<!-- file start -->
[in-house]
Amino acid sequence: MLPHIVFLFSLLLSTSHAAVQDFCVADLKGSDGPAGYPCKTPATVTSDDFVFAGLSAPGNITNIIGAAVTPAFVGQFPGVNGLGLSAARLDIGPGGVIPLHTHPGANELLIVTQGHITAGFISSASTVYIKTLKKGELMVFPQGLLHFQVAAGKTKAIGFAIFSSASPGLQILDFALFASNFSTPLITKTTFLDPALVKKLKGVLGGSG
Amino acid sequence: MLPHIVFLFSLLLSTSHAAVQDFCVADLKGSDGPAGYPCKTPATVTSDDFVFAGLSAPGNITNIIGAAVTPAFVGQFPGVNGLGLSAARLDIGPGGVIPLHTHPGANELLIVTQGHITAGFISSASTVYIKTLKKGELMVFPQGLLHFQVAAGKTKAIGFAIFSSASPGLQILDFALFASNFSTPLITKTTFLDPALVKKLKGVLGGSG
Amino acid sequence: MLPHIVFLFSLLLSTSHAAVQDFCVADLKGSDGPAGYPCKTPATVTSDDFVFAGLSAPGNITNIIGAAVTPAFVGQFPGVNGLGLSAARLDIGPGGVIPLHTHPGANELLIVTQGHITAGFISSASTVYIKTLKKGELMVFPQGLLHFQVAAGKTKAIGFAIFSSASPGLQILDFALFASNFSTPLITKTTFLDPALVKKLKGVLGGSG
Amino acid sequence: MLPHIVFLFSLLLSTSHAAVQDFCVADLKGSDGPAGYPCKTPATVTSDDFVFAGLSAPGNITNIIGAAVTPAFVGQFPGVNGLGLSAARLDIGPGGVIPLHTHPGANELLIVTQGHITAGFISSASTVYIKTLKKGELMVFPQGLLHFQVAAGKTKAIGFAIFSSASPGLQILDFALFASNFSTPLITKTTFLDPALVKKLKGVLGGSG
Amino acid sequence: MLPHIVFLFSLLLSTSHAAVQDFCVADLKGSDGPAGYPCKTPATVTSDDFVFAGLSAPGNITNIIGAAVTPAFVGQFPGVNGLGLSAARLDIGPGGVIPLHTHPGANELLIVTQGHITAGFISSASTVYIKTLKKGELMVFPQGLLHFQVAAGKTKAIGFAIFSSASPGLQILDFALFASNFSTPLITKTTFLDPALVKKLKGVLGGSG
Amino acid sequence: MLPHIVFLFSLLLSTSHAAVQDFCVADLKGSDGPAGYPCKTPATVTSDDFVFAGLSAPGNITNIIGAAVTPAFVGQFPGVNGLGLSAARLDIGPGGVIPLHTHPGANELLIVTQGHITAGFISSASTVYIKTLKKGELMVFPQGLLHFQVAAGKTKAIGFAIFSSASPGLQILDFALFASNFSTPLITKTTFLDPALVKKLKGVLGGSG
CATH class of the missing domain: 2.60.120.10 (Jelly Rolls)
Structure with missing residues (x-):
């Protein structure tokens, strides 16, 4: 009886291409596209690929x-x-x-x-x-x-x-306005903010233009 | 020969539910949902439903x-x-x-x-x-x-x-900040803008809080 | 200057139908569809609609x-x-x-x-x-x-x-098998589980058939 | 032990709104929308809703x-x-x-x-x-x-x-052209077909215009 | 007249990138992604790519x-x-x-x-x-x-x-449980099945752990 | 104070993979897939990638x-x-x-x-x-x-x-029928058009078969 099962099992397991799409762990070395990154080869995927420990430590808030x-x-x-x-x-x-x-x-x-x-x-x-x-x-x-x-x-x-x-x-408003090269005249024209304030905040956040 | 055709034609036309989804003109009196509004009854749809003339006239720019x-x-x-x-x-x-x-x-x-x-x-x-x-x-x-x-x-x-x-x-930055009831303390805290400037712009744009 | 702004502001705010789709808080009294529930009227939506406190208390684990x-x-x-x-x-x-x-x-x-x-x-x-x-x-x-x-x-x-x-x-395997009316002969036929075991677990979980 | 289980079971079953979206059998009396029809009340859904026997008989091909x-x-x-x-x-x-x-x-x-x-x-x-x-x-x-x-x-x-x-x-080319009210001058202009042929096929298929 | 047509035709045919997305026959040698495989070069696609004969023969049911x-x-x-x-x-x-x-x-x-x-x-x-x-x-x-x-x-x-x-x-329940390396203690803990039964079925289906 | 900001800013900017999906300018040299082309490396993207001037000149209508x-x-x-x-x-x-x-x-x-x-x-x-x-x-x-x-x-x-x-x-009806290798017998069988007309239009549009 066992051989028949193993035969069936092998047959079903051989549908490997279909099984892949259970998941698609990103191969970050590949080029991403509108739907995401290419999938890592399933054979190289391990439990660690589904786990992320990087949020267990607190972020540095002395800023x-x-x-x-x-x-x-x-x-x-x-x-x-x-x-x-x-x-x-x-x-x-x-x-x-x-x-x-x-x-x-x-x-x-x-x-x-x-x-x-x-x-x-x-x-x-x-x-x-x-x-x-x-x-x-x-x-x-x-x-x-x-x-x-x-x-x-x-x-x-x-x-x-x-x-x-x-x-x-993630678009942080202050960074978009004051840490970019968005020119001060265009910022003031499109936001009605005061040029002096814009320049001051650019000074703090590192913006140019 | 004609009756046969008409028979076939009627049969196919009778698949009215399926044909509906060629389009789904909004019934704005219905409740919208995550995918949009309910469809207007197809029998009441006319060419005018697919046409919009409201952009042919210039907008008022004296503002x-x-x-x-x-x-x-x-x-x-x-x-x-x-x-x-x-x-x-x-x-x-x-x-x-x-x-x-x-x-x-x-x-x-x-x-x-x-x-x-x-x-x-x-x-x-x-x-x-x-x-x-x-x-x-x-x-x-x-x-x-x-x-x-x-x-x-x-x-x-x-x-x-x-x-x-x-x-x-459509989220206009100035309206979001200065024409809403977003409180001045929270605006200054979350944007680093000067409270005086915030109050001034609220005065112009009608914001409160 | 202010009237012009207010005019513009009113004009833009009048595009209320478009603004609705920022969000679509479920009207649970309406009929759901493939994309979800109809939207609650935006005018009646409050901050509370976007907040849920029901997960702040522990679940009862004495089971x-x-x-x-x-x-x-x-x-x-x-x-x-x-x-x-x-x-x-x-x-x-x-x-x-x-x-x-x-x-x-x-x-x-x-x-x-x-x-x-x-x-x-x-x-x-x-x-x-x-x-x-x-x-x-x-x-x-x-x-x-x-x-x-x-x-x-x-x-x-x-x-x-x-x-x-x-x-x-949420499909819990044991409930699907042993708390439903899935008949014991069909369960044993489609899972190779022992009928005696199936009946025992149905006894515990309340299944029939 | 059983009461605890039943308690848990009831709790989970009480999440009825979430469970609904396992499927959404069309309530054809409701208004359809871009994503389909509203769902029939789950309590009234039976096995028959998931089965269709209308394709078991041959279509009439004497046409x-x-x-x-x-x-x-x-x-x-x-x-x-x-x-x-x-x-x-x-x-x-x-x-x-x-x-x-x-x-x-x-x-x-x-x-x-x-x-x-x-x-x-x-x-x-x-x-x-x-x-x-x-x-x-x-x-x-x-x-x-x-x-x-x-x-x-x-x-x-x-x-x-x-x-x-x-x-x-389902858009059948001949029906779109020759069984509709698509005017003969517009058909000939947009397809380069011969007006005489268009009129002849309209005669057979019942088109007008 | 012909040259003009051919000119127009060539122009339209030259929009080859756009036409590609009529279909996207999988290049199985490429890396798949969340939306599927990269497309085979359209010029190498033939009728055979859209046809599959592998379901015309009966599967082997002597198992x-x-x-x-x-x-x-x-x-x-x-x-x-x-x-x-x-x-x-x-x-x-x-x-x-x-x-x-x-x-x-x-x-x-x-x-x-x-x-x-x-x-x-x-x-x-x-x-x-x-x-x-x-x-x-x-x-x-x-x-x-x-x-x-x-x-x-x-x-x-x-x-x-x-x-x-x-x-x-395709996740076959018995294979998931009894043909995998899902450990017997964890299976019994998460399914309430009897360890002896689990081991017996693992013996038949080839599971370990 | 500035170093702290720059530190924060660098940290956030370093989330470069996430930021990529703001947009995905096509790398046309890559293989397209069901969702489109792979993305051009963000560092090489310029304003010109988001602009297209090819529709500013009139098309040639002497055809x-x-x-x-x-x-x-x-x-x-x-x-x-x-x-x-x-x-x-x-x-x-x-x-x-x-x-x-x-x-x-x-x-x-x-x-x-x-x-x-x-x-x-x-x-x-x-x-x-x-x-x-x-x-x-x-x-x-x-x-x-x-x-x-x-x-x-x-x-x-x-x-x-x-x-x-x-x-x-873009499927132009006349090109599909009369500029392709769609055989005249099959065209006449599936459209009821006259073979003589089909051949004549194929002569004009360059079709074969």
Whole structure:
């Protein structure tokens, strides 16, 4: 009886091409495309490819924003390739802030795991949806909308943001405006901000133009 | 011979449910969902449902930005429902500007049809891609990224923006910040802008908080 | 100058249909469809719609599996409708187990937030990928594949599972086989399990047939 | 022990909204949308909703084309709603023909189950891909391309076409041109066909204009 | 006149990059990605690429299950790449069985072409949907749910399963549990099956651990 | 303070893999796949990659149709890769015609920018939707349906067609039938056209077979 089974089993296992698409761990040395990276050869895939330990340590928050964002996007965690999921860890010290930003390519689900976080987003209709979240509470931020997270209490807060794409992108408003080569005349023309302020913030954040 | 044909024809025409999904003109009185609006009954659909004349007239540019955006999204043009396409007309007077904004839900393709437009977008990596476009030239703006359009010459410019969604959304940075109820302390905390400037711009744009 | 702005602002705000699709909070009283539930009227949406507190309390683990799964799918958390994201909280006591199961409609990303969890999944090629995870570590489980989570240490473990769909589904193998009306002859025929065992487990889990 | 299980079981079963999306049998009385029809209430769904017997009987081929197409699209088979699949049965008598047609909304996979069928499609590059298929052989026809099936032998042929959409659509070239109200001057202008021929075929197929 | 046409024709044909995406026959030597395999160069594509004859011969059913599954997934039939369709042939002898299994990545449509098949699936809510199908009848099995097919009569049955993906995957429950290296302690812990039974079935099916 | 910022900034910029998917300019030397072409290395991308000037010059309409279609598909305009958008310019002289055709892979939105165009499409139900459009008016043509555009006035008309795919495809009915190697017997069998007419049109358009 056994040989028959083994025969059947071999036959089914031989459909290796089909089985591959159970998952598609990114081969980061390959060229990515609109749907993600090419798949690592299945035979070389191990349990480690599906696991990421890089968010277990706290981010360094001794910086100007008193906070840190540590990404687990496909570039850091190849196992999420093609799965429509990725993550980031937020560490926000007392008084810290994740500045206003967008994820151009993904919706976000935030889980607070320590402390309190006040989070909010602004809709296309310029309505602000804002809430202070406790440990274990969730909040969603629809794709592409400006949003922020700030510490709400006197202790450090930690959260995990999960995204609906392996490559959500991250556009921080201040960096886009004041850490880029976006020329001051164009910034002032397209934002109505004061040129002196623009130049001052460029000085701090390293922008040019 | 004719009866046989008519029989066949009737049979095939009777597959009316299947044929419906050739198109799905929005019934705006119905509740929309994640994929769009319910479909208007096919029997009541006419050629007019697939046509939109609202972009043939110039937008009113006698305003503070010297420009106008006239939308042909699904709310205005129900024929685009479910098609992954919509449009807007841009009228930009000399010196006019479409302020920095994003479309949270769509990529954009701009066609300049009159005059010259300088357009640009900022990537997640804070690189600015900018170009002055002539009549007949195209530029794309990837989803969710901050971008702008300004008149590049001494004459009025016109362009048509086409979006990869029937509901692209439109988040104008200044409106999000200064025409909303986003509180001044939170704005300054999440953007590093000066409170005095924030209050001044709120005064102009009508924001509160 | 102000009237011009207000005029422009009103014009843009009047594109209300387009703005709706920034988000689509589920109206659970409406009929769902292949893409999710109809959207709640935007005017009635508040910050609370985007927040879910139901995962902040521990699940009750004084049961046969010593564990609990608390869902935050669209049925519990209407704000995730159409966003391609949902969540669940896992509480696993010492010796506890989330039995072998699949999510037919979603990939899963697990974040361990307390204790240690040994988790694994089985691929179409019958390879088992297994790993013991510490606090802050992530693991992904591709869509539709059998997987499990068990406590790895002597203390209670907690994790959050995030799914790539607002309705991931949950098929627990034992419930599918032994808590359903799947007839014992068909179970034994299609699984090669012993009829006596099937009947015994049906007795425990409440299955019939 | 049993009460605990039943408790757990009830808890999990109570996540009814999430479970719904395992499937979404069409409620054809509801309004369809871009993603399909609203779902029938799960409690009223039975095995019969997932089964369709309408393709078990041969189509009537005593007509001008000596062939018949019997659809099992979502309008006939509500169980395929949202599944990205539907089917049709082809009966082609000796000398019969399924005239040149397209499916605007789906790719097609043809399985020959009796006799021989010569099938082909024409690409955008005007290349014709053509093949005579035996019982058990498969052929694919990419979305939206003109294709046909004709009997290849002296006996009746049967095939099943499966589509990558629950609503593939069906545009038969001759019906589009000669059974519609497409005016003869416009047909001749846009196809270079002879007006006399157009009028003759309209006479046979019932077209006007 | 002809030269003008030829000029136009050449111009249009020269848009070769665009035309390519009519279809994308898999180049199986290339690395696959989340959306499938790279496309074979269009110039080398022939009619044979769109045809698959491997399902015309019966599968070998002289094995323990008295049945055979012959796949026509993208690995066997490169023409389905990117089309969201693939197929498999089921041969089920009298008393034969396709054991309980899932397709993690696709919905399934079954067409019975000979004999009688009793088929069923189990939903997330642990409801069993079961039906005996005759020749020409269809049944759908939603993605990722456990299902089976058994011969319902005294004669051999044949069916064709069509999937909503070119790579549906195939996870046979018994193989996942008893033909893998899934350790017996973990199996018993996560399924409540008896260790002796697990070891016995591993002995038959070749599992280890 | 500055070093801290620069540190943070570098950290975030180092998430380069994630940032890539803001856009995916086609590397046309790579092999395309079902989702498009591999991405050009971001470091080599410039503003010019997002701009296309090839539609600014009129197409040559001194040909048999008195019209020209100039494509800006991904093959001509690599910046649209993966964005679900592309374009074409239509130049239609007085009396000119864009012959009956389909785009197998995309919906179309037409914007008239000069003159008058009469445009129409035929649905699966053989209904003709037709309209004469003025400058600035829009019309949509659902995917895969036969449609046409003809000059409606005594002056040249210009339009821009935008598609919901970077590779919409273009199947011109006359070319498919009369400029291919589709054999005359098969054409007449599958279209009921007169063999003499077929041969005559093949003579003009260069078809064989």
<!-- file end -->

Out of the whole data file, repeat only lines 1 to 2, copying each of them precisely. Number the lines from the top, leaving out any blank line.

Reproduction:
[in-house]
Amino acid sequence: MLPHIVFLFSLLLSTSHAAVQDFCVADLKGSDGPAGYPCKTPATVTSDDFVFAGLSAPGNITNIIGAAVTPAFVGQFPGVNGLGLSAARLDIGPGGVIPLHTHPGANELLIVTQGHITAGFISSASTVYIKTLKKGELMVFPQGLLHFQVAAGKTKAIGFAIFSSASPGLQILDFALFASNFSTPLITKTTFLDPALVKKLKGVLGGSG